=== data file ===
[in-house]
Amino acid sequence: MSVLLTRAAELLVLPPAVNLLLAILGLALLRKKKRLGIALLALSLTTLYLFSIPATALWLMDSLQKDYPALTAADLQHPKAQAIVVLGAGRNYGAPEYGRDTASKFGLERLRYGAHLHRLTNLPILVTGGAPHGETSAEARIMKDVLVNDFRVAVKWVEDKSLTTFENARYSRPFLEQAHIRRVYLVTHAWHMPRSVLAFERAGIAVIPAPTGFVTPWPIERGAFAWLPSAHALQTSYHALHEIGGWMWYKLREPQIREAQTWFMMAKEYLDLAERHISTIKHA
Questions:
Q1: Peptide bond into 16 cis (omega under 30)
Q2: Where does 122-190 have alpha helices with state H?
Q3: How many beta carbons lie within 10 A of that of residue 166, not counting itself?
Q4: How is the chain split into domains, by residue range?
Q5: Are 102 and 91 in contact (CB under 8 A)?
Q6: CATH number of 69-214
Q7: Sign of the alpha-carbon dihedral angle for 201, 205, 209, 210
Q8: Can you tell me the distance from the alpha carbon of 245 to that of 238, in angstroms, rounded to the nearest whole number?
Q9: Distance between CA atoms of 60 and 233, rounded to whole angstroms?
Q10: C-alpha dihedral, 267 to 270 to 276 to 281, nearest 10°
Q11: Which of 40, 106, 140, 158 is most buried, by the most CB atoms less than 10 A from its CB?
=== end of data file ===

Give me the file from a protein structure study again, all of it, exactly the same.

[in-house]
Amino acid sequence: MSVLLTRAAELLVLPPAVNLLLAILGLALLRKKKRLGIALLALSLTTLYLFSIPATALWLMDSLQKDYPALTAADLQHPKAQAIVVLGAGRNYGAPEYGRDTASKFGLERLRYGAHLHRLTNLPILVTGGAPHGETSAEARIMKDVLVNDFRVAVKWVEDKSLTTFENARYSRPFLEQAHIRRVYLVTHAWHMPRSVLAFERAGIAVIPAPTGFVTPWPIERGAFAWLPSAHALQTSYHALHEIGGWMWYKLREPQIREAQTWFMMAKEYLDLAERHISTIKHA
Questions:
Q1: Peptide bond into 16 cis (omega under 30)
Q2: Where does 122-190 have alpha helices with state H?
Q3: How many beta carbons lie within 10 A of that of residue 166, not counting itself?
Q4: How is the chain split into domains, by residue range?
Q5: Are 102 and 91 in contact (CB under 8 A)?
Q6: CATH number of 69-214
Q7: Sign of the alpha-carbon dihedral angle for 201, 205, 209, 210
Q8: Can you tell me the distance from the alpha carbon of 245 to that of 238, in angstroms, rounded to the nearest whole number?
Q9: Distance between CA atoms of 60 and 233, rounded to whole angstroms?
Q10: C-alpha dihedral, 267 to 270 to 276 to 281, nearest 10°
Q11: Which of 40, 106, 140, 158 is most buried, by the most CB atoms less than 10 A from its CB?